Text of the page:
Thanksgiving is a time to enjoy the company of family and friends and to express gratitude for the year's accomplishments. Don't let the after-dinner dishes put a damper on your holiday. Follow these tips to make Thanksgiving dinner cleanup a less burdensome task.
Planning and preparing certain foods ahead of the big day smoothes the cooking and cleaning processes. Cookbook author and TV cooking host Nathalie Dupree suggests making and freezing your gravy a month in advance of Thanksgiving Day [source: Dupree]. You can also put casseroles together two days before the feast, and bake pies the day before. When your guests arrive for Thanksgiving dinner, the dirty dishes from these preparations will be long forgotten.
Enough Is As Good As a Feast
When planning your Thanksgiving dinner, keep the menu reasonable. Exercise "restraint," says renowned chef and restaurateur Thomas Keller, especially if you're new to hosting the Thanksgiving meal [source: French Laundry]. "Just do three or four things instead of trying to do eight or nine." This advice cuts stress levels on meal preparation and clean up.
Make a Clean Start
Try to stay on top of the mess by wiping counters and washing and clearing pots and pans as you cook. Before your guests arrive, run and empty the dishwasher, even if it isn't quite full. This way, you can whisk many of the dinner dishes out of sight when the meal is over. Empty the trash can, too, so you won't have to stop and take out the trash during the table clearing. It's a good idea to place a couple of extra bags in the bottom of the can so replacements are on hand.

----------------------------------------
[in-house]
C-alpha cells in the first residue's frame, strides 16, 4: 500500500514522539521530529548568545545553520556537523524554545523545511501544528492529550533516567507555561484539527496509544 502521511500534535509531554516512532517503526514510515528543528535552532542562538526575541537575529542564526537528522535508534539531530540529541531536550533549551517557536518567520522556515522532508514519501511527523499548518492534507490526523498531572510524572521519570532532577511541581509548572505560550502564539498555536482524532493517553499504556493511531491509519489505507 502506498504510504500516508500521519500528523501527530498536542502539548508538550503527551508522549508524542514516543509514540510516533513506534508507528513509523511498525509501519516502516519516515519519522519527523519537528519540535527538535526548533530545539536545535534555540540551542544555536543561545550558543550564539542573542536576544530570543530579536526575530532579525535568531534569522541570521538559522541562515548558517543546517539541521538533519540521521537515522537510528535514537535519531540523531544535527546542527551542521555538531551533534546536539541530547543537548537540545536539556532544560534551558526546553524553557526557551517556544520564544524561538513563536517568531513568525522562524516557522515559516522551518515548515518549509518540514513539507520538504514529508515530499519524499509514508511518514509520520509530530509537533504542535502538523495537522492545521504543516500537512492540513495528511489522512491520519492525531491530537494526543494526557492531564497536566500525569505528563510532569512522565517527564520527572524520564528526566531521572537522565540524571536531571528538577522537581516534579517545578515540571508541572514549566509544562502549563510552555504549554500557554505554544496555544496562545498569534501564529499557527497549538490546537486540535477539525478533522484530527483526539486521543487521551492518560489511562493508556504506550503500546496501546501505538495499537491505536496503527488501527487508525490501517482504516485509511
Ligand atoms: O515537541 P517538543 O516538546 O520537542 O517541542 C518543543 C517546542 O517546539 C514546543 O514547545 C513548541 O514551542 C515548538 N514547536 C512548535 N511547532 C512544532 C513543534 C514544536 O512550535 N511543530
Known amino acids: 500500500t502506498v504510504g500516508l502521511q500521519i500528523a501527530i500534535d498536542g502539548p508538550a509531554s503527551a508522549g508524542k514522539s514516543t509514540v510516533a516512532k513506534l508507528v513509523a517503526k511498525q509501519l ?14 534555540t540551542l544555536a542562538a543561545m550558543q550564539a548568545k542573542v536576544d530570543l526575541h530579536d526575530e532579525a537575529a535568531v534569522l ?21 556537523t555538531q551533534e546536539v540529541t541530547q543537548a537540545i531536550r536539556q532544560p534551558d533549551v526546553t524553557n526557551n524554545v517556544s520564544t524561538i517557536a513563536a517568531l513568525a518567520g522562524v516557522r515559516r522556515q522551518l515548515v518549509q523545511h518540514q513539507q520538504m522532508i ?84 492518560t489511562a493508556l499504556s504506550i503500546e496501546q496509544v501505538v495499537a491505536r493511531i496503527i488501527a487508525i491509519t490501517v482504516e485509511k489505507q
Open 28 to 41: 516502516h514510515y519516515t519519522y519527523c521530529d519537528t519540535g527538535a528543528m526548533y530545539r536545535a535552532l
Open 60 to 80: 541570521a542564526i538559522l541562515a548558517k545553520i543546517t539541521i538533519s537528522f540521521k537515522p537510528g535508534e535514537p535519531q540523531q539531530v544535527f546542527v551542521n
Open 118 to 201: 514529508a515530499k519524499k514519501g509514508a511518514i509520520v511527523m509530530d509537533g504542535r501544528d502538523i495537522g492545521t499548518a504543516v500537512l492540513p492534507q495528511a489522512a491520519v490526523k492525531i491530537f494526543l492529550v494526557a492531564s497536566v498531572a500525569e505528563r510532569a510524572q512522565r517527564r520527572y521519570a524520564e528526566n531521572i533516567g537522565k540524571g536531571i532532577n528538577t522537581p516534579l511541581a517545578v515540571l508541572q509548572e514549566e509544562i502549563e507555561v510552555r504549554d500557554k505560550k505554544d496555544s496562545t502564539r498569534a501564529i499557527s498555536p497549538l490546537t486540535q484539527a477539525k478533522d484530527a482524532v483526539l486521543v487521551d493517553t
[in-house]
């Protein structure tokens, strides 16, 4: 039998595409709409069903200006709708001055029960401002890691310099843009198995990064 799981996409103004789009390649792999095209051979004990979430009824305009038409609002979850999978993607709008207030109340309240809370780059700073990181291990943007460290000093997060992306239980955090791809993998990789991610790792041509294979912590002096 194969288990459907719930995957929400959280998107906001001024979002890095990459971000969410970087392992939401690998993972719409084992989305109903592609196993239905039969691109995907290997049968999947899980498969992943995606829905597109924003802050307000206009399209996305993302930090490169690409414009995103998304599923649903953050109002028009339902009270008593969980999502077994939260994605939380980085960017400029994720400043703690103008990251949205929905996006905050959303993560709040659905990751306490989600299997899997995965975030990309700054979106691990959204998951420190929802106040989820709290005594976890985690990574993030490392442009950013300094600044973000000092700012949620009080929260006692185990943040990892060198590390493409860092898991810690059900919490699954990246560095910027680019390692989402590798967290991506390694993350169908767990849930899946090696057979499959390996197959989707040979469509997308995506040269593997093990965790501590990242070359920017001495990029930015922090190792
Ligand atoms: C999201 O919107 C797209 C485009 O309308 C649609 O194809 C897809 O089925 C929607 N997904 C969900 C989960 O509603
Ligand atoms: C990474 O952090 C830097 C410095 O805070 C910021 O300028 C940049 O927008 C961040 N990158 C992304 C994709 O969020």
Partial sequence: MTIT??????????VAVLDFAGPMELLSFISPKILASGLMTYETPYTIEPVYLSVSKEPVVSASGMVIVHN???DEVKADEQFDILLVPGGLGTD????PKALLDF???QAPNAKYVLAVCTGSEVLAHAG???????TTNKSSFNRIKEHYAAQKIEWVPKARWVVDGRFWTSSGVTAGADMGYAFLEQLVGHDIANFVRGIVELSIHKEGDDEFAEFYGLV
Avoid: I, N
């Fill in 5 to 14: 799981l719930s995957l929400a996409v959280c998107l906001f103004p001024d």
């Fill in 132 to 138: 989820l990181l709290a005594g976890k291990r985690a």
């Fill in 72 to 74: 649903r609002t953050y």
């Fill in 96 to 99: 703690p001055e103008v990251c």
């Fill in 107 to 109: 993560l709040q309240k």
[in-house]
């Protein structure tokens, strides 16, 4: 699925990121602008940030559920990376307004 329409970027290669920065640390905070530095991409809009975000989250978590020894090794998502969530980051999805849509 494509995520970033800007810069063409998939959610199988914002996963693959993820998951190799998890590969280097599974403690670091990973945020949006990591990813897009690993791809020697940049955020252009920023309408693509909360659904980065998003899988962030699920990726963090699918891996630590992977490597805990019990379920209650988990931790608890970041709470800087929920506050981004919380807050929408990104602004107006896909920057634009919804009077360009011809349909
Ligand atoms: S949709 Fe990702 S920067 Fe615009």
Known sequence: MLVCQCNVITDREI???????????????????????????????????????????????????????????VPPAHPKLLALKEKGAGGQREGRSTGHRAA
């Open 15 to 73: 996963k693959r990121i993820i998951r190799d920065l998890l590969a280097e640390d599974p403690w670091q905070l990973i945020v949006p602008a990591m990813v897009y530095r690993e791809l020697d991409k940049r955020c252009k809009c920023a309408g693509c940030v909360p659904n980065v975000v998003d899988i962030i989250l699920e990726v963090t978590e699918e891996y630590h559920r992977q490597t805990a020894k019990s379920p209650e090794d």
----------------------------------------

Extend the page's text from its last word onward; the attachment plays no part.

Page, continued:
When the cooking's all done and you're ready to carve the turkey, jump-start the cleanup. As soon as you transfer the turkey to the serving platter, fill your roasting pan with soapy water and let it soak in a 250 degree Fahrenheit (121 degrees Celsius) oven. The baked-on food softens up while you enjoy your guests' company and the meal.
Get your cooking, serving and storage containers on your side with these tips:
- If guests bring side dishes or desserts, ask them to bring them in disposable containers.
- Consider purchasing some of your menu items ready-made from specialty stores. The containers are self-storing and disposable.
- Choose baking dishes that do triple duty as serving dishes and storage containers.
- For a short-cut with style, use edible/disposable serving dishes, like bread bowls, a pumpkin or acorn squash.
- Provide your guests with inexpensive plastic or cardboard storage containers and let them make their own take-away selections.
Finally, don't labor alone. Thanksgiving is a family affair. If you have helpers on hand, call on them, even if you only ask someone else to take out the trash.
Related HowStuffWorks Articles
- Clark, Melissa. "101 Ways to Make Thanksgiving Easier." Every Day with Rachael Ray: November 2008, p. 95.
- Dupree, Nathalie. http://www.nathalie.com/bio.htm.
- Editors, Martha Stewart Living. "Good Things." Martha Stewart Living: November 2008, p. 60.
- Karol, Lawrence. "A Taste of November." Gourmet, The Magazine of Good Living: November 2008, p. 58.
- Keller, Thomas. http://www.frenchlaundry.com/
- Maggipinto, Donata. Real-Life Entertaining: Great Food and Simple Style for Hectic Lives. New York: Clarkson Potter/Publishers, 1998.
- Perillo, Jennifer, editor. "Super Holiday Sides." Working Mother: November 2008, pp. 107-110.
- Reichl, Ruth. "Roast Pumpkin with Cheese 'Fondue'." Gourmet.com. November 2008. (Accessed August 26, 2009). http://www.gourmet.com/recipes/2000s/2008/11/roast-pumpkin-with-cheese-fondue
- Shoukas, Denise. "Thanksgiving Tastemakers." Better Homes and Gardens: November 2008, pp. Z1-Z12.
- U.S. Bureau of Labor Statistics. "Thanksgiving." Spotlight on Statistics. November 2007. (Accessed August 27, 2009). http://www.bls.gov/spotlight/2007/thanksgiving/